Interrex or "inter-rex" (Latin; plural, interreges) was literally a ruler "between kings." He was in effect a kind of regent.
The institution of interrex originated in the Kingdom of Rome. When a king died, the Roman Senate appointed an interrex to serve for an indefinite period (usually less than a year). The interrex could nominate whomever he wished to the Roman Assembly, which then elected a king. As soon as the new king entered upon his office, the position of interrex was vacated.
The institution of interrex, with some modifications, was carried over into the Roman Republic. If no consuls had been elected by New Year's Day, for whatever reason (e.g., civil strife, filibustering), a patrician senator was elected (or appointed) by the Senate to serve as interrex for five days. After that, another such interrex was elected, again for five days. The second interrex was charged with organizing new elections. If still no elections had been held, further new interreges were appointed every five days until they had been held.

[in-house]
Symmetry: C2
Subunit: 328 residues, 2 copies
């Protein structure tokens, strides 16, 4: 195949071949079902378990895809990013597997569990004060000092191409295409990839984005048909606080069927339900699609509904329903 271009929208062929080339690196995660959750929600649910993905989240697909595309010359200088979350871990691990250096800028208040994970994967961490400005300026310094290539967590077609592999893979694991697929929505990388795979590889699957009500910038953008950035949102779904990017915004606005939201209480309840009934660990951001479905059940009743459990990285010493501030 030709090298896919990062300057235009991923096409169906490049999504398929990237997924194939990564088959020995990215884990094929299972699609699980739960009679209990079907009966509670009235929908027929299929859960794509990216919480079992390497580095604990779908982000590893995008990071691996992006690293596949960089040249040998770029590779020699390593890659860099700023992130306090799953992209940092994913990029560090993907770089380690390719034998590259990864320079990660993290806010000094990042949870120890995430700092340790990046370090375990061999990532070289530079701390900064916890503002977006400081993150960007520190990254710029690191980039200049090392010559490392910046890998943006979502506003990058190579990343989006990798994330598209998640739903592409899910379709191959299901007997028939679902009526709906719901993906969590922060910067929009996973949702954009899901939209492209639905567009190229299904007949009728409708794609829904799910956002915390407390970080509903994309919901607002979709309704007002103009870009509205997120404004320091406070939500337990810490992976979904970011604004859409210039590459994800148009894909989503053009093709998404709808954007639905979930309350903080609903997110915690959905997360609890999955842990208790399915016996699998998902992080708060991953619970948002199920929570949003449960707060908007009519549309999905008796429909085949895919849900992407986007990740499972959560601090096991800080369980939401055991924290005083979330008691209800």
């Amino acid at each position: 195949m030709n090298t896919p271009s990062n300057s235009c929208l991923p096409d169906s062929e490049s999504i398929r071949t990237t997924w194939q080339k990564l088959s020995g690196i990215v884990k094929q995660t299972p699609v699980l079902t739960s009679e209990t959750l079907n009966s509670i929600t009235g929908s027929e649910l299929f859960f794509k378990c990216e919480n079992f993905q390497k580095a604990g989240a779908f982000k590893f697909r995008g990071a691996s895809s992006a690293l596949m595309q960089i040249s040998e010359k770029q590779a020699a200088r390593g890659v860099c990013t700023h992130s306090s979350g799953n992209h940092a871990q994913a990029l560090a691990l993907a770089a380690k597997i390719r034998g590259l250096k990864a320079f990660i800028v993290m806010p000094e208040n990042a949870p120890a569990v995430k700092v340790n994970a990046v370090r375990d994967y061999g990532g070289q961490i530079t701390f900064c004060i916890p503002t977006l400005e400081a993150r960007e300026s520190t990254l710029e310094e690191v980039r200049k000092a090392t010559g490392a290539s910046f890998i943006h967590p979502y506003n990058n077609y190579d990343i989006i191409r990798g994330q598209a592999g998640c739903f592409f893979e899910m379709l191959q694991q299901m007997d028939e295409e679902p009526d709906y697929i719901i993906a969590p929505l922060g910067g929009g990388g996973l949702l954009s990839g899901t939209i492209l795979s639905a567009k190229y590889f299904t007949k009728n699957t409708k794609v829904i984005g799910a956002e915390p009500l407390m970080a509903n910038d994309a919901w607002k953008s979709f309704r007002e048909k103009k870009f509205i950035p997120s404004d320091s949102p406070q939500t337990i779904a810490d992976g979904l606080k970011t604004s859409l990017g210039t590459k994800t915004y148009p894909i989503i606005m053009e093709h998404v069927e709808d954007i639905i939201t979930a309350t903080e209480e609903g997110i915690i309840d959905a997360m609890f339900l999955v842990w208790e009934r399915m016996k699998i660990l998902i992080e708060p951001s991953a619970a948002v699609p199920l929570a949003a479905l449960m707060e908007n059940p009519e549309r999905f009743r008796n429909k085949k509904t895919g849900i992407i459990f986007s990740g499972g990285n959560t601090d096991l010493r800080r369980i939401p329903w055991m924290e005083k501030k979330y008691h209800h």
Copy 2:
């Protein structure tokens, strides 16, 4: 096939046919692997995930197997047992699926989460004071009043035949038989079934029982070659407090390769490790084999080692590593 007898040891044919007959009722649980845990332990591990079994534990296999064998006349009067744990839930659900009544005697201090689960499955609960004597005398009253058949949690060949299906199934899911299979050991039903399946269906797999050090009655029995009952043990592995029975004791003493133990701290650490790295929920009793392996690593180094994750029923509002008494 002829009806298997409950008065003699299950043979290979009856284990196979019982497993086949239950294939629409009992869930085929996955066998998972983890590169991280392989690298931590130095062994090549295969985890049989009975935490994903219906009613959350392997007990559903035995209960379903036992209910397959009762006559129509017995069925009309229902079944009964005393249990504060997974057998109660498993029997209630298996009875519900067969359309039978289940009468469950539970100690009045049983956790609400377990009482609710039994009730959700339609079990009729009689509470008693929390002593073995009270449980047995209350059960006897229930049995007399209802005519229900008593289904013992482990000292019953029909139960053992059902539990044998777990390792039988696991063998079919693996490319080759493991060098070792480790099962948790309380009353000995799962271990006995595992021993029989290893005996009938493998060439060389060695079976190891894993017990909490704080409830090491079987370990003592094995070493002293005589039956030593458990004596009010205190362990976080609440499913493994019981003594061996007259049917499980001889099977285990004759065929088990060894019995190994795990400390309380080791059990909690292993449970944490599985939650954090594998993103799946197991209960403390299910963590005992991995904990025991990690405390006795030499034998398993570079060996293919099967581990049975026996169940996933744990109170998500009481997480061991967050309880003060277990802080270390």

A similar institution of interrex later existed in the Polish-Lithuanian Commonwealth, whose ruling classes liked to view their Republic (Rzeczpospolita) or Commonwealth as an heir to Roman republican traditions. The Commonwealth's kings entered upon their office by free election, which often led to a relatively long interregnum. Traditionally the role of interrex was carried out by the primate of the Roman Catholic Church in Poland.
Last updated: 08-19-2005 07:49:39